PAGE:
In an experiment where the effect of liming on natural regeneration in beech is being studied (Gemmel and Övergaard, 1995), the sizes of the seed crops have been registered every mast year since 1993 using a total of 88 seed traps. The experiment is done at 12 sites (Figure 1, sites 1–12) and the stand age varies from 75 to 160 years. The site index, i.e. dominant height at 100 years total age (Carbonnier, 1971), varies from F 20 to F 36. No effect of the liming on the seed fall between the treatments was found. Site 12 was established in December 1993 and no records of the seed fall that year are available. At site 11, all seed traps were damaged, probably by ungulates, in 1998, and there is no record of the seed fall that year.

In a natural regeneration experiment in a beech-dominated forest in the forest of Biskopstorp (Figure 1, site 13), seed fall was registered every year from 1998 to 2004 using 13 seed traps.

The study also considers information from a quantitative study during the years 1974–1983 previously published by Simak (1993).

Earlier mast yield records

At the Department of Forest Improvement (currently Skogforsk), descriptive data related to seed fall have been collected from two seed beech orchards, Albjershus and Ramsåsa (Figure 1), every year from 1976 to 1993 and mast years occurred in the same years in both seed orchards (M. Werner, personal communication). The observations of mast years correspond with notes made by G. Almgren (personal communication), former head of the Forest County Board of Scania.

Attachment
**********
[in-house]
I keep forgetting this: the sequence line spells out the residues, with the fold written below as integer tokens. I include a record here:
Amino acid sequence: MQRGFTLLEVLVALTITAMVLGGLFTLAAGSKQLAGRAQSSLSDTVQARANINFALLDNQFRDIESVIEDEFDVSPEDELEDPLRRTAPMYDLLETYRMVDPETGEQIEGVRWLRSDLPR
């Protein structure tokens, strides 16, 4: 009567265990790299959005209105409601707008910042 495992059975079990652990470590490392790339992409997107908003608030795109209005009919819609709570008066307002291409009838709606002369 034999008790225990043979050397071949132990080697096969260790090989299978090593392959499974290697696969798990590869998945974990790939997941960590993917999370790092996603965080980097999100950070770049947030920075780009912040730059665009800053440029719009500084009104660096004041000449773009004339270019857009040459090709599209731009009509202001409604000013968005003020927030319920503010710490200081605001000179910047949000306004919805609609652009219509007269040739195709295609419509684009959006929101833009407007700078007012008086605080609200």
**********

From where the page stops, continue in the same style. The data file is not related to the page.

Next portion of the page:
In addition to these records, observations of mast crops made by the state forest district personnel during the years 1895–1929 in the southern Swedish provinces of Scania and Halland (Lindquist 1931) and data presented by Tirén (1931–1934), Perrins (1966), Jenni (1987), Henriksén (1988) and Osbeck (1996) were also used in the analyses presented here (Table 1).

Table 1:

Mast years and mean intervals between them for different time periods and provinces in Sweden from 1687 to 2006

Province Halland Scania Southern Sweden 
Period 1687–1711 1753–1795 1895–1929 1895–1929 1926–1964 1974–2006 
Mast years 1687 1753 1897 1897 1926 1974 1995 
 1690 1758 1906 1904 1933 1976 6, 7 1998 
 1698 1760 1909 1909 1944 1983 6, 7 2000 
 1702 1765 1915 1915 1954 4, 5 1986 2002 
 1707 1767 1918 1918 1956 4, 5 1987 2004 
 1711 1776 1926 1921 1960 4, 5 1989 7, 8 2006 
   1789   1924 1964 1992   
   1795   1926   1993   
Mean interval 4.8 abc 6 ab 5.8 b 4.1 bc 5.7 ab 2.5 c 
P-value 0.0932 0.0396 0.0343 0.2452 0.0187 – 
Province Halland Scania Southern Sweden